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Is thise genuine?
on 14 March 2014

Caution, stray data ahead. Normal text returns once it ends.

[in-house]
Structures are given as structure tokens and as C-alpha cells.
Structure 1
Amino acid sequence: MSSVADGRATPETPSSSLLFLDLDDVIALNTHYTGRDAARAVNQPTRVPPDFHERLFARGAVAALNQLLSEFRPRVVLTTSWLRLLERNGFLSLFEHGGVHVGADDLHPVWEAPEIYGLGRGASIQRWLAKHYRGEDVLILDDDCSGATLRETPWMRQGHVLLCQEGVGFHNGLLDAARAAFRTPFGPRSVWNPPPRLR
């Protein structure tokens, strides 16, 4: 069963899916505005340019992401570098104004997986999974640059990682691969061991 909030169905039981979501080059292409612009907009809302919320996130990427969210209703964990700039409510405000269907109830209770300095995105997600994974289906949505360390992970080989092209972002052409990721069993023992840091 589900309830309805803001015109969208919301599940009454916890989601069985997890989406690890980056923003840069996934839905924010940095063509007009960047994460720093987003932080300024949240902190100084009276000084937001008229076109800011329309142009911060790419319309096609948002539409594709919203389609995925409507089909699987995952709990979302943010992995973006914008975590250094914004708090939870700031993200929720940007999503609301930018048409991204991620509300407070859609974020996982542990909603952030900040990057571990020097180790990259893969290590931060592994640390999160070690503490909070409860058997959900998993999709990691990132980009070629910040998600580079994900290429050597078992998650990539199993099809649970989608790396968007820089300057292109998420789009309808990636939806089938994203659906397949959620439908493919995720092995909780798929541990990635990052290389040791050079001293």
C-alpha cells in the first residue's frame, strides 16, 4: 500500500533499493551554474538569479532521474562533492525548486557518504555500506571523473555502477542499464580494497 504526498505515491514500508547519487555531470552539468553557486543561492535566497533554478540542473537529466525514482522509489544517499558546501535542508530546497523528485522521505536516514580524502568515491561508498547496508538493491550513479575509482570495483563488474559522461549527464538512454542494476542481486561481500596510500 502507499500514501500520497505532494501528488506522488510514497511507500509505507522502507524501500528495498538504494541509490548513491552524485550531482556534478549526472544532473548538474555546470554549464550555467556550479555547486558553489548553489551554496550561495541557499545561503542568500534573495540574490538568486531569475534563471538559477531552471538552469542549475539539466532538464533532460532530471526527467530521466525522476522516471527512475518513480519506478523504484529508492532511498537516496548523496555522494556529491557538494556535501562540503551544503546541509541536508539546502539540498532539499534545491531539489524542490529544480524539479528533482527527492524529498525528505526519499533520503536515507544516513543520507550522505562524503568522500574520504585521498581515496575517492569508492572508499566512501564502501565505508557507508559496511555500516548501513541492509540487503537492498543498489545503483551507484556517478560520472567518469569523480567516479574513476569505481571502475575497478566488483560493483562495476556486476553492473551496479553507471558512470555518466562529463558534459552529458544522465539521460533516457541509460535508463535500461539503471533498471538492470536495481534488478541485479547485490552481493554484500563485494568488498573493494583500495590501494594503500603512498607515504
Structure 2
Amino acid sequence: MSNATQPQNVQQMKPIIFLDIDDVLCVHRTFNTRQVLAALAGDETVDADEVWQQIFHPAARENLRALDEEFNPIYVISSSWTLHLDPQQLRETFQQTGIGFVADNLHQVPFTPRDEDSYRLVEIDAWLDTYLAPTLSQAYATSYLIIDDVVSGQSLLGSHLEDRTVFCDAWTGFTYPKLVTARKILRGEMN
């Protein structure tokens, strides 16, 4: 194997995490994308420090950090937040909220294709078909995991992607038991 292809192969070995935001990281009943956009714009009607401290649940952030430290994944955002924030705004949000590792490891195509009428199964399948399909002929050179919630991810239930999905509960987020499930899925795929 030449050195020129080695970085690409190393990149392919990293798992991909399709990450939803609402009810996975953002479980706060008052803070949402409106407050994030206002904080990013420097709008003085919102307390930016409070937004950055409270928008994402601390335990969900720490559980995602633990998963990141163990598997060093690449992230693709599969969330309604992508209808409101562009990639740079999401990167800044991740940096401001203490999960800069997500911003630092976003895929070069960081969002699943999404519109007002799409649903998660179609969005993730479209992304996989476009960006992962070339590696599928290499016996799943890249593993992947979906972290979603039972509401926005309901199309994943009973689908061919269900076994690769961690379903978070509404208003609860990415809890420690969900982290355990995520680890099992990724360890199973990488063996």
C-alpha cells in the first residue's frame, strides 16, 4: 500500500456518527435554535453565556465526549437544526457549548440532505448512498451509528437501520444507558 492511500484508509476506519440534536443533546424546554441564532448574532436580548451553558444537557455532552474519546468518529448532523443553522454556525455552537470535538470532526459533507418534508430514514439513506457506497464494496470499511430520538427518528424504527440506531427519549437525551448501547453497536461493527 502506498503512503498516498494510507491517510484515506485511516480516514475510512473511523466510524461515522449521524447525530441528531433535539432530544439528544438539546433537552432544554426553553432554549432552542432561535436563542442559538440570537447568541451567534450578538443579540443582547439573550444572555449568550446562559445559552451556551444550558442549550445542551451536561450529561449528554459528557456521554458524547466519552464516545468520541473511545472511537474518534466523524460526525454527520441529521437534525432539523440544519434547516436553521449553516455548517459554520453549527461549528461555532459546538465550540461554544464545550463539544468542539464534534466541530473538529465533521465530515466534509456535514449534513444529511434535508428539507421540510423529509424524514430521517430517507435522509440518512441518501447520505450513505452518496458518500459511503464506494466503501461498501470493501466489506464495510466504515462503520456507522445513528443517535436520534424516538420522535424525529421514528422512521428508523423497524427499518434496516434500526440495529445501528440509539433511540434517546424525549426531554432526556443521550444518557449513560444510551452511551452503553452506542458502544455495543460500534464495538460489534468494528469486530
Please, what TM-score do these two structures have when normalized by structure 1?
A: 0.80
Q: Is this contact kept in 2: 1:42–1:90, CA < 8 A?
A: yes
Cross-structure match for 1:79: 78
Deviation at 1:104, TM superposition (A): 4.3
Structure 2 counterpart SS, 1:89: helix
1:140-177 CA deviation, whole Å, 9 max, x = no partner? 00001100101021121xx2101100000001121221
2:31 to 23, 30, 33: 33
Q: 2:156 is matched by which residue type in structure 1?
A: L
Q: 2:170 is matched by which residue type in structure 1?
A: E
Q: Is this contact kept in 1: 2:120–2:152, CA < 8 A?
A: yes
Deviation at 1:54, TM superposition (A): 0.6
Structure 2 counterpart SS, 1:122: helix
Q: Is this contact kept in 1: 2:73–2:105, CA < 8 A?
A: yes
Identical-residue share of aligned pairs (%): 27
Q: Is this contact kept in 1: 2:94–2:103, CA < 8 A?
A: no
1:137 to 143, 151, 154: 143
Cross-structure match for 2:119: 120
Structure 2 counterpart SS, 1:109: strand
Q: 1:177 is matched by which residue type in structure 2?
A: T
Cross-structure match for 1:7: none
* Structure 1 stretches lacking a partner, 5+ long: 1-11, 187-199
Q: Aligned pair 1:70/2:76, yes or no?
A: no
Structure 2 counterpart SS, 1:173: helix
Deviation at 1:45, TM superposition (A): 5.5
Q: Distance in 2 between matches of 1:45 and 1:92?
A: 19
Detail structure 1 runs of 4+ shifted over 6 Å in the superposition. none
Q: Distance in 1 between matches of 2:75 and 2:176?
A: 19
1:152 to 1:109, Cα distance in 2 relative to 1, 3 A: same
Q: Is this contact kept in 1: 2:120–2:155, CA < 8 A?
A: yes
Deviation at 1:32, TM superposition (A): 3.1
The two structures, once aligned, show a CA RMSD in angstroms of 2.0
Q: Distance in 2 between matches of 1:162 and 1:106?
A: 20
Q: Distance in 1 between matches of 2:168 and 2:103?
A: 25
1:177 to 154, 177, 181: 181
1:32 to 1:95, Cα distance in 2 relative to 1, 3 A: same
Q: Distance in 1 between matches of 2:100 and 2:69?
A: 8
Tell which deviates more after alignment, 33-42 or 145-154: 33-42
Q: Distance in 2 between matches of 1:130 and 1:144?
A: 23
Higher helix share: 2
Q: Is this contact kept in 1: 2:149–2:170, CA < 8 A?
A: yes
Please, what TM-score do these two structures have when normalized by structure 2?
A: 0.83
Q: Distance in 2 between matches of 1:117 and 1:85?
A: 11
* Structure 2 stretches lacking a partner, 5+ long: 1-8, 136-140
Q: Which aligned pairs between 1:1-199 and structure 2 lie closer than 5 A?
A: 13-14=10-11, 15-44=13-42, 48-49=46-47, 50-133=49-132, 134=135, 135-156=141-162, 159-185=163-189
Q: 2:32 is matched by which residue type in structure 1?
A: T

I am a canal boater of some 40 years experience, 25 of those running a hotel boat. (See my book, Hotel Boat.) I found this book quite interesting when it dealt with the Fenland waterways I never visited, but on more familiar canals, a series of queer gaffes made me wonder if the author was making it up as she went along. I'll give you a few examples. One does not need any wind to turn a boat in a winding hole; "wind" here means not a breeze but "turn." Any woman who would allow a child to go along the gunwale in a tunnel should be prosecuted. She asserts that narrrowboats are 7'6" wide, passing through 8' locks on the Oxford Canal, but all narrowboats these days are built 6'10"; narrow locks are an inch or two over 7', if we are lucky. The author frequently asserts that her vessel, formerly a hotel boat, is, at 70' long, hue and clumsy, and terrifying to the much smaller hire boats on the Oxford. Well, when I began cruising in my 70' Unicorn in 1974, new-built boats of that size were quite rare (although there were plenty of big ex-trading boats about) and hire boats were indeed quite small, but by the time in which Narrow Margins is set, Unicorn's length was common; the average hire boat was over 60'. The author takes her washing by car from Cropredy to a launderette in Daventry, far back along the route they had come, rather that to Banbury, a short run on from Cropredy. Of course, when her huge boat leaves Cropredy, it heads to Daventry, on its way to Banbury! I find it difficult to believe anyone who had actually cruised the Oxford Canal could so casually transfer a town from Northampton to Oxfordshire.